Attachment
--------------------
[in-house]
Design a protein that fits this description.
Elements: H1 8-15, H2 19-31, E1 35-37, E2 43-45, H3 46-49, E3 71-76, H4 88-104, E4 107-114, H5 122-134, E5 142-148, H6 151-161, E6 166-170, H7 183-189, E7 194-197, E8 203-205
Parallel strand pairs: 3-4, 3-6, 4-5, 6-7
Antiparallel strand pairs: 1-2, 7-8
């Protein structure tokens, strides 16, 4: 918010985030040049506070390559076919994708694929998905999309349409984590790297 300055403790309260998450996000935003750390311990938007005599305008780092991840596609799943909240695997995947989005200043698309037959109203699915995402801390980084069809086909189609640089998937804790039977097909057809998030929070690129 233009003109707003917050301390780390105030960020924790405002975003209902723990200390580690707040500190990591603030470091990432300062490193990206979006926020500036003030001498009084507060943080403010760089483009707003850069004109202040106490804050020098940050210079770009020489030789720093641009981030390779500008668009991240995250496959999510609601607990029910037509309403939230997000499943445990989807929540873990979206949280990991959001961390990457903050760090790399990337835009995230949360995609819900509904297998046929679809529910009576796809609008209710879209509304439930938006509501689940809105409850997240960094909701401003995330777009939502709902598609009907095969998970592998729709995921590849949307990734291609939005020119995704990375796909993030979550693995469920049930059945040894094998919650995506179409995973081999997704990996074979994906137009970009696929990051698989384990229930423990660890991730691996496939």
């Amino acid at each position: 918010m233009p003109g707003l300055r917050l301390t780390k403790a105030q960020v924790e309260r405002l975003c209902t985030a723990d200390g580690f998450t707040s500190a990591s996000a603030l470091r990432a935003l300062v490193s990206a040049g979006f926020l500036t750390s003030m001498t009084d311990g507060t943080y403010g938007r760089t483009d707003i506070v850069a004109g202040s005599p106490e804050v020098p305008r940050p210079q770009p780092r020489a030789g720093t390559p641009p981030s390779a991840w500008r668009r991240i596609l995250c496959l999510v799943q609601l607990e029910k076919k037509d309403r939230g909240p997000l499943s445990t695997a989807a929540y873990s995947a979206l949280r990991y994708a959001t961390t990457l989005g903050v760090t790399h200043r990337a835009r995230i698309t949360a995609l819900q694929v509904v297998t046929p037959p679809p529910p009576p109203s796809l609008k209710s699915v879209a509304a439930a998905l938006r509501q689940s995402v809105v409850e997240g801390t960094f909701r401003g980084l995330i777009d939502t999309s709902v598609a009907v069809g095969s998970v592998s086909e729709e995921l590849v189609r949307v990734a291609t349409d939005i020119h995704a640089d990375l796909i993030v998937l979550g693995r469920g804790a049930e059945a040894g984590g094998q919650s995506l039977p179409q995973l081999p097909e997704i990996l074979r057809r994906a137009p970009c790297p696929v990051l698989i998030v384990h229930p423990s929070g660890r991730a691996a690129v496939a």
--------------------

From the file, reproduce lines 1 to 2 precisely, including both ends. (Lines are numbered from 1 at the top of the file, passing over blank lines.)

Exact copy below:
[in-house]
Design a protein that fits this description.